Just last week, many European countries were still so somnolent about the threat Russia posed to Ukraine that Germany’s spy chief was caught unawares in Kyiv when the Kremlin invasion started. He had to be extracted in a special operation.
The continent has in some ways leapfrogged the United States, which — though many policymakers credit the Biden administration for helping to coordinate — wasn’t prepared for the speed of the European change. And it has been dizzying for some of the continent’s Russia hawks, especially those in Eastern Europe who campaigned for tougher measures against the Kremlin for years but were ignored by bigger countries including Germany, Italy and France.
That’s how it felt to Latvian Foreign Minister Edgars Rinkevics, who sat down in his office in the Latvian capital of Riga late Sunday to take part in a video conference with fellow European Union foreign ministers. On the call they agreed to another round of sanctions that days prior would have been unimaginable. They included banning Russian state media in the E.U., harsh sanctions on Russian banks, and even using E.U. funds to pay for countries’ shipments of weaponry to Ukraine — a step so outside the ordinary operations of the 27-nation bloc that some policymakers didn’t realize it was an option.
“Right now I’m taking part in the E.U. foreign affairs council, feeling like the show ‘The Visible is the Unbelievable,’ ” a long-running Russian popular science program, Rinkevics wrote on Twitter, posting a photo of his computer screen showing a checkerboard of small video images of foreign ministers. “We’re deciding on things that seemed unbelievable a week ago.”
The countries taking action against Russia stretch around the world. Japan announced on Monday that it, like other countries, will impose sanctions on Russia’s central bank and on senior officials in Belarus. Australia meanwhile said it would sanction Russian President Vladimir Putin and other senior Russian leaders and would supply weaponry to Ukraine.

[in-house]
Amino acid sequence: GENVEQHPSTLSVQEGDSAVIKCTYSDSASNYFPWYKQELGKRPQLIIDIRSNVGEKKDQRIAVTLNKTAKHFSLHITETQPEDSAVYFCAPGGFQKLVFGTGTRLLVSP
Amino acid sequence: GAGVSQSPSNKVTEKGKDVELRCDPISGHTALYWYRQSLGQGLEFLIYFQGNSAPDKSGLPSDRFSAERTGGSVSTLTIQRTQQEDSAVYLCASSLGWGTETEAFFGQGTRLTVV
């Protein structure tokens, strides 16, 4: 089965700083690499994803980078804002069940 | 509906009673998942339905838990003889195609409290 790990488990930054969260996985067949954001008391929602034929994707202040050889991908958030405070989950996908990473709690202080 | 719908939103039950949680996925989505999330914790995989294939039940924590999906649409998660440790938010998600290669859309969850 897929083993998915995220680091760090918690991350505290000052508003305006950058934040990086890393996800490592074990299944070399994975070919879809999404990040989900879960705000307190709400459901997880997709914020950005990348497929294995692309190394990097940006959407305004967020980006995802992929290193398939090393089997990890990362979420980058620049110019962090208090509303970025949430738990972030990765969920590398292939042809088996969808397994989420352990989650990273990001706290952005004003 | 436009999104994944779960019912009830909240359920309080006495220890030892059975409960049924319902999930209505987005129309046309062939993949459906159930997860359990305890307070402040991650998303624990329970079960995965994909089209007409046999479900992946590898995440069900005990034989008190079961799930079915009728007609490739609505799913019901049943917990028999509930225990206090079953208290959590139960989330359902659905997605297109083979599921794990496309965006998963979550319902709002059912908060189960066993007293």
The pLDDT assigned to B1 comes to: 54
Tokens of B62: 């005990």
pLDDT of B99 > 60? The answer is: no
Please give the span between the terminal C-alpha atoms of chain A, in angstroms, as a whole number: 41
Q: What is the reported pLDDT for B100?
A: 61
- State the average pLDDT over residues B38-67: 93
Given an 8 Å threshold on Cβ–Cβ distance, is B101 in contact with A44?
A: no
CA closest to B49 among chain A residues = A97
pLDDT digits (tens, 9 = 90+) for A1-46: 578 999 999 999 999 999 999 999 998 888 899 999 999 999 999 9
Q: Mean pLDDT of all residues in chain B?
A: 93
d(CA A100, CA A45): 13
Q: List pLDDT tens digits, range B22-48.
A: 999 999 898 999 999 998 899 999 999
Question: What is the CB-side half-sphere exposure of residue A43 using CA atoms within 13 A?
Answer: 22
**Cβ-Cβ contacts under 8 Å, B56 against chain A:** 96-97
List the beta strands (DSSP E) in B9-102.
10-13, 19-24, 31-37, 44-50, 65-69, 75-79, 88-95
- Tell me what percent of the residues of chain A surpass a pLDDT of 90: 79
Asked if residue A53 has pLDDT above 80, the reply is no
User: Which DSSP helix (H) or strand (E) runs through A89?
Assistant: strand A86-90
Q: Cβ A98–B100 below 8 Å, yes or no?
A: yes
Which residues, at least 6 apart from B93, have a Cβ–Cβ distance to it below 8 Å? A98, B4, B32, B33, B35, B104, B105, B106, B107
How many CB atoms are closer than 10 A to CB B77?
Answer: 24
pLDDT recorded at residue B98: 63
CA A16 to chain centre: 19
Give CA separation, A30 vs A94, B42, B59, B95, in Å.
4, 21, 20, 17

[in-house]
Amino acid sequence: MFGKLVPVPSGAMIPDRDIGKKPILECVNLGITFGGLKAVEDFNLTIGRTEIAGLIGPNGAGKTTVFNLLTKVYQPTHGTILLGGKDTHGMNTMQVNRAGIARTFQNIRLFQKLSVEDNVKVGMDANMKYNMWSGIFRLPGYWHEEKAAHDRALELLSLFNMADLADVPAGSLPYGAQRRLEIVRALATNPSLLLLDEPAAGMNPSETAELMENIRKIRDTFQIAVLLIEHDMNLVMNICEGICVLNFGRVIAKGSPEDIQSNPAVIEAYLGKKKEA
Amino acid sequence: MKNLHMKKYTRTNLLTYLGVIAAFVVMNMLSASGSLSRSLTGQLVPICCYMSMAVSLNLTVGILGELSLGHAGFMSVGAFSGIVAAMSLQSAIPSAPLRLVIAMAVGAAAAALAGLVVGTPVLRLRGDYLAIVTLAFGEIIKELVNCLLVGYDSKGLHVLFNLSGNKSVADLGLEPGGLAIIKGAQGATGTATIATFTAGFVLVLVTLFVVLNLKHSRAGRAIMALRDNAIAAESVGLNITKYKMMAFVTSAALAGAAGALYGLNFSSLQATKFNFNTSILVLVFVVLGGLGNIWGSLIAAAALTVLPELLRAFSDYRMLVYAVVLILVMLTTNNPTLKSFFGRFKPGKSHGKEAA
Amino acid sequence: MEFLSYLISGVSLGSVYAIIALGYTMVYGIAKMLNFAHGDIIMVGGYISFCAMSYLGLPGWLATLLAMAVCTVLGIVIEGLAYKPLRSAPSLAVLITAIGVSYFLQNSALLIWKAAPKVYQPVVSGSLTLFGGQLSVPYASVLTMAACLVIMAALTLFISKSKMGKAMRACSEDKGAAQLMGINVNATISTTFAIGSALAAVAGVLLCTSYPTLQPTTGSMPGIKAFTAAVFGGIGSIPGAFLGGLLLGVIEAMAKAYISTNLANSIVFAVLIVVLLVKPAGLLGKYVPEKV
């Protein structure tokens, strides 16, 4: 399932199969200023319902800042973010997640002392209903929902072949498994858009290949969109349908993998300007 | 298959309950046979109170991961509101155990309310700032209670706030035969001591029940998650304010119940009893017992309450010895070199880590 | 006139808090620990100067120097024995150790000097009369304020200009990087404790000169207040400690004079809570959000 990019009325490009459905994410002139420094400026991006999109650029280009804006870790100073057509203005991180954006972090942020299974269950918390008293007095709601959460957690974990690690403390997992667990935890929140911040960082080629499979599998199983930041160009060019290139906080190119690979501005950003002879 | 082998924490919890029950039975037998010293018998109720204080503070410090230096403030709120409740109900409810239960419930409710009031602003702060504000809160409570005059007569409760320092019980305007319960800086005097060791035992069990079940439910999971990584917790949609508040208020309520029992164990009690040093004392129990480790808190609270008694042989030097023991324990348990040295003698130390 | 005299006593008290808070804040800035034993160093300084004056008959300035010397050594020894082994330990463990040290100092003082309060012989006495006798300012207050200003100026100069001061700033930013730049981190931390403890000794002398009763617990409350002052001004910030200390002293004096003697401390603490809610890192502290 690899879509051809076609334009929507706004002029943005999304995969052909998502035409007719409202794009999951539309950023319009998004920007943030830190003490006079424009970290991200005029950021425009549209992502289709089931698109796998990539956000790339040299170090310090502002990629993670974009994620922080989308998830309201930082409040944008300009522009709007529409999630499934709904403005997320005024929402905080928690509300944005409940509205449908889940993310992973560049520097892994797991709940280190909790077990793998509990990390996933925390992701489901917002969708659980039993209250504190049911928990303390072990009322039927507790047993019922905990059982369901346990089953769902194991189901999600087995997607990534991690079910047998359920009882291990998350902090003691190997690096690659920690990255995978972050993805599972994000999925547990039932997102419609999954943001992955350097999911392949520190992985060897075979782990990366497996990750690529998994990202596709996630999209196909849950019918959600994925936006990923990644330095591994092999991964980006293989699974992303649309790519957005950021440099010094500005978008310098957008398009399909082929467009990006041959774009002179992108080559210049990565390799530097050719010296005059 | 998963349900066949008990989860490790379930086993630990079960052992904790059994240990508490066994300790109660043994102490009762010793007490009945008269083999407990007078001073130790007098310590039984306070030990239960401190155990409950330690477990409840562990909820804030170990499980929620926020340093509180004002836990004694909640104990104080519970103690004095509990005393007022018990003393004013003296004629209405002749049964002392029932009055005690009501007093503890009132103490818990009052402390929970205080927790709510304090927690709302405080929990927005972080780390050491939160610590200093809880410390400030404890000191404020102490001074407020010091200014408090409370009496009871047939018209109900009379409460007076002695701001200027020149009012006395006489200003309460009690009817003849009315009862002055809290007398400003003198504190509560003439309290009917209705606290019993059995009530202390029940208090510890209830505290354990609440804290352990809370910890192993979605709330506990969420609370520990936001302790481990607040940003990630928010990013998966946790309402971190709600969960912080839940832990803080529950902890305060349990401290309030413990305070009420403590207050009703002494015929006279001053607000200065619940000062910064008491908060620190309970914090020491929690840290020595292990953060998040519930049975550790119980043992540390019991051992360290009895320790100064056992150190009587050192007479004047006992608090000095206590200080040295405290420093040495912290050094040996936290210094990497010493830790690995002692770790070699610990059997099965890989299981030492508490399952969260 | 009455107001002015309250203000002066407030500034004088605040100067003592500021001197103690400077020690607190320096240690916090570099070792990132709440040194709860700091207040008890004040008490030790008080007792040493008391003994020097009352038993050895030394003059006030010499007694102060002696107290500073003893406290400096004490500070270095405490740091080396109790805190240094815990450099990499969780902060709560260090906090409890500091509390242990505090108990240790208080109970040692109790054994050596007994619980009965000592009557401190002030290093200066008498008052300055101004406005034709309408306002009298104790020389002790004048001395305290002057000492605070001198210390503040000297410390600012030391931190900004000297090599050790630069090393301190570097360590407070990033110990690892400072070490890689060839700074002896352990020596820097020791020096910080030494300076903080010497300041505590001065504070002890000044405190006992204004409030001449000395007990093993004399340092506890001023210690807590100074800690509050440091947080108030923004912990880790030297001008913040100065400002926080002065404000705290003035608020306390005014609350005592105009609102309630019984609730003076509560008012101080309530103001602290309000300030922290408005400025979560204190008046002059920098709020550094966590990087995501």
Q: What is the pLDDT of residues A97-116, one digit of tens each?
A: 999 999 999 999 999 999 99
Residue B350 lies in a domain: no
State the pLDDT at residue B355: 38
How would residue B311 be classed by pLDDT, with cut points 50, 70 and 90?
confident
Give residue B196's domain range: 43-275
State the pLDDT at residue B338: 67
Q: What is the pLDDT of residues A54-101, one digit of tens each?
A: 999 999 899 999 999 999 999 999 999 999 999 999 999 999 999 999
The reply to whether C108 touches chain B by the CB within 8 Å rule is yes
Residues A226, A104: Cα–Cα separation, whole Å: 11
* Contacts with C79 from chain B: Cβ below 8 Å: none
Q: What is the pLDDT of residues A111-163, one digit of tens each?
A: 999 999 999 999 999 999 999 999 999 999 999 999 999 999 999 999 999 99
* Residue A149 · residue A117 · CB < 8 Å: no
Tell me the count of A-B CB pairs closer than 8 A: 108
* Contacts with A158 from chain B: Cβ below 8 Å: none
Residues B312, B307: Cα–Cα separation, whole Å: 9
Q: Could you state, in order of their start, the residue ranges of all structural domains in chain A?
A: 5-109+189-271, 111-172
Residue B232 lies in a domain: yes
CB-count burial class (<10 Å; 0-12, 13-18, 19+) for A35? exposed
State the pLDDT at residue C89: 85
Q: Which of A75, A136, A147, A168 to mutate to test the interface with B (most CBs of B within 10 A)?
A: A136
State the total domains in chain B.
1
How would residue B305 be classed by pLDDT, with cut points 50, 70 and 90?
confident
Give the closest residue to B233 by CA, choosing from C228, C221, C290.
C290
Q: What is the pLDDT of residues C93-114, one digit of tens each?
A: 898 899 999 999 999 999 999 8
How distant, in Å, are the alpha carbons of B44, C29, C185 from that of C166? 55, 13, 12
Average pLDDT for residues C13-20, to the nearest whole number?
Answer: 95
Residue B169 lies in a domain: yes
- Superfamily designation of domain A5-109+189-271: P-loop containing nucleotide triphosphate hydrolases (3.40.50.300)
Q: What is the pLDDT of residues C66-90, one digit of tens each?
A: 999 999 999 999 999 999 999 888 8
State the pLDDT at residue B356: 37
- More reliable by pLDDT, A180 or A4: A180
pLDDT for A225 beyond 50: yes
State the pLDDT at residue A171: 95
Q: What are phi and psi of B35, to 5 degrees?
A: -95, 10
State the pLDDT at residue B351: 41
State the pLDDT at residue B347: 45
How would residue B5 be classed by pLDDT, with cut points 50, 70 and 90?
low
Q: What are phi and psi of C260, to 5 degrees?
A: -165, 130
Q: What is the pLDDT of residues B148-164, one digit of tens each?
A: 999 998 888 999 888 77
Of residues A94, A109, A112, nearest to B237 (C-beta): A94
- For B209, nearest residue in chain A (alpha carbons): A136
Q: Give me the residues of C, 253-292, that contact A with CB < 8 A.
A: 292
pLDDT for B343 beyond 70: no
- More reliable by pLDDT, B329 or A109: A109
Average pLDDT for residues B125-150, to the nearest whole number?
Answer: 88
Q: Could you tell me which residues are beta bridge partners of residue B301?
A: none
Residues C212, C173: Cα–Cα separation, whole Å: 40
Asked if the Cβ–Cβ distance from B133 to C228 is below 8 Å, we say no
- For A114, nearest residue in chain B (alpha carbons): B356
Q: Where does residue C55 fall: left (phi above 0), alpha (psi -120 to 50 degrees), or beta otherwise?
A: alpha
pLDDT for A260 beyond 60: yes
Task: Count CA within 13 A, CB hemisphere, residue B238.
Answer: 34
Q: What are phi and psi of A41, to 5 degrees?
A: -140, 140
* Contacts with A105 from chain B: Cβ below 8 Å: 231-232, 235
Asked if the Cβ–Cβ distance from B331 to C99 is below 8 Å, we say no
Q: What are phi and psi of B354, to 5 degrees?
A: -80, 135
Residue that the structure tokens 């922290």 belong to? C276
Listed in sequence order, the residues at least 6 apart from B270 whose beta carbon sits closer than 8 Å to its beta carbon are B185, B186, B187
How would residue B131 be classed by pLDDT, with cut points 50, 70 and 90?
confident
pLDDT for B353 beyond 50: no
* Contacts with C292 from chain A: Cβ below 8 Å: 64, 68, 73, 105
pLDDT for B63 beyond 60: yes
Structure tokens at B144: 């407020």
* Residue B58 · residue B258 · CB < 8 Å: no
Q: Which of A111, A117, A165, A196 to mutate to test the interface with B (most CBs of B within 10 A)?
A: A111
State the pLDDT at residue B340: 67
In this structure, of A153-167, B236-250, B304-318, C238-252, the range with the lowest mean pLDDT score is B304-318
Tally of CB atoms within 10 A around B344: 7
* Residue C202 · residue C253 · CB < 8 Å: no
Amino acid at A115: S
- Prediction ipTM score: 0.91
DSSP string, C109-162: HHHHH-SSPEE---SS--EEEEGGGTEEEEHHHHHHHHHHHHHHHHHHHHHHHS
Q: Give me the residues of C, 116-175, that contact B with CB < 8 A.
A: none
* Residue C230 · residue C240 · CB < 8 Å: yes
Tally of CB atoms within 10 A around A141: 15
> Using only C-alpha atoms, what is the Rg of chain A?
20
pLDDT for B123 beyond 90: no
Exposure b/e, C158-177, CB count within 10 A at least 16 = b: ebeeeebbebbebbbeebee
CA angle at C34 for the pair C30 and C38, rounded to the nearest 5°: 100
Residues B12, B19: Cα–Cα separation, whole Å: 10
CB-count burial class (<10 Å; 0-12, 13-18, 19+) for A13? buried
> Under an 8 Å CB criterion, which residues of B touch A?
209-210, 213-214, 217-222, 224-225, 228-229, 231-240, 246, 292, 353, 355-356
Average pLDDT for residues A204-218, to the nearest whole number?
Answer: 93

But no region other than Europe has overturned its foreign policy orthodoxies in a heartbeat. German Chancellor Olaf Scholz declared he would vastly increase his country’s defense spending and start shipping arms to Ukraine. A top leader of the German Green party — which grew out of an anti-nuclear power movement decades ago — declared an openness to keeping his country’s nuclear plants operating if it helped reduce reliance on Russian energy.
Eight member nations of the European Union said they wanted to start membership negotiations with Ukraine. European Commission President Ursula von der Leyen said she’d be open to it, and on Monday, Ukrainian President Volodymyr Zelensky formally sent an application to Brussels.
“It’s the end of an era,” said former Estonian President Toomas Hendrik Ilves, who was once dismissed by a Finnish leader as having “post-Soviet stress” for his hawkish approach to Russia.
“What you grew up in, the last 30 years, is over,” he said he told a group of college students late last week. “We are somewhere else.”